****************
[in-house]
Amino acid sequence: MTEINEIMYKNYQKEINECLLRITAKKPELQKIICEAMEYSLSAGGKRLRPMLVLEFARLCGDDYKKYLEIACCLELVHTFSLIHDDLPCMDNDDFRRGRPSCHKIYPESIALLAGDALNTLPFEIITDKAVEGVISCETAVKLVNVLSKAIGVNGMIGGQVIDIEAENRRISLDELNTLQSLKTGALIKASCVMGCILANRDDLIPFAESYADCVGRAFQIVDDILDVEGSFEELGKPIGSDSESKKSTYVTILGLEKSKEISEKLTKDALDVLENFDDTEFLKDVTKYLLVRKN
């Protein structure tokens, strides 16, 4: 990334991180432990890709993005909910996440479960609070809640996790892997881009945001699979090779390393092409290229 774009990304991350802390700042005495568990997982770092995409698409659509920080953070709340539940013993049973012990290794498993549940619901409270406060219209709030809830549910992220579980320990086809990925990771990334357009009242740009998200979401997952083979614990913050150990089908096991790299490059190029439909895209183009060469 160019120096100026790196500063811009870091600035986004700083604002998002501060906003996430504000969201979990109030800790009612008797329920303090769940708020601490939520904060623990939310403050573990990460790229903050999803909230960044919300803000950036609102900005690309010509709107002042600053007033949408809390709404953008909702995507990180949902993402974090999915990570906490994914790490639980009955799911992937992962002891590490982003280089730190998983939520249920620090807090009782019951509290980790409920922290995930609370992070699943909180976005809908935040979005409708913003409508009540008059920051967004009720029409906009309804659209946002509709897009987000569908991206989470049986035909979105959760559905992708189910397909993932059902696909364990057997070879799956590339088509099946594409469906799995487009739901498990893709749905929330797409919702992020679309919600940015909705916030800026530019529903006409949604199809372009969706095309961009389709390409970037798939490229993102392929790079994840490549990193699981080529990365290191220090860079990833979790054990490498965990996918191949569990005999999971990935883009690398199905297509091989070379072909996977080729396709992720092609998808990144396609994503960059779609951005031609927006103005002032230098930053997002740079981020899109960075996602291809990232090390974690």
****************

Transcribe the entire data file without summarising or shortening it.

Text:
[in-house]
Amino acid sequence: MTEINEIMYKNYQKEINECLLRITAKKPELQKIICEAMEYSLSAGGKRLRPMLVLEFARLCGDDYKKYLEIACCLELVHTFSLIHDDLPCMDNDDFRRGRPSCHKIYPESIALLAGDALNTLPFEIITDKAVEGVISCETAVKLVNVLSKAIGVNGMIGGQVIDIEAENRRISLDELNTLQSLKTGALIKASCVMGCILANRDDLIPFAESYADCVGRAFQIVDDILDVEGSFEELGKPIGSDSESKKSTYVTILGLEKSKEISEKLTKDALDVLENFDDTEFLKDVTKYLLVRKN
């Protein structure tokens, strides 16, 4: 990334991180432990890709993005909910996440479960609070809640996790892997881009945001699979090779390393092409290229 774009990304991350802390700042005495568990997982770092995409698409659509920080953070709340539940013993049973012990290794498993549940619901409270406060219209709030809830549910992220579980320990086809990925990771990334357009009242740009998200979401997952083979614990913050150990089908096991790299490059190029439909895209183009060469 160019120096100026790196500063811009870091600035986004700083604002998002501060906003996430504000969201979990109030800790009612008797329920303090769940708020601490939520904060623990939310403050573990990460790229903050999803909230960044919300803000950036609102900005690309010509709107002042600053007033949408809390709404953008909702995507990180949902993402974090999915990570906490994914790490639980009955799911992937992962002891590490982003280089730190998983939520249920620090807090009782019951509290980790409920922290995930609370992070699943909180976005809908935040979005409708913003409508009540008059920051967004009720029409906009309804659209946002509709897009987000569908991206989470049986035909979105959760559905992708189910397909993932059902696909364990057997070879799956590339088509099946594409469906799995487009739901498990893709749905929330797409919702992020679309919600940015909705916030800026530019529903006409949604199809372009969706095309961009389709390409970037798939490229993102392929790079994840490549990193699981080529990365290191220090860079990833979790054990490498965990996918191949569990005999999971990935883009690398199905297509091989070379072909996977080729396709992720092609998808990144396609994503960059779609951005031609927006103005002032230098930053997002740079981020899109960075996602291809990232090390974690």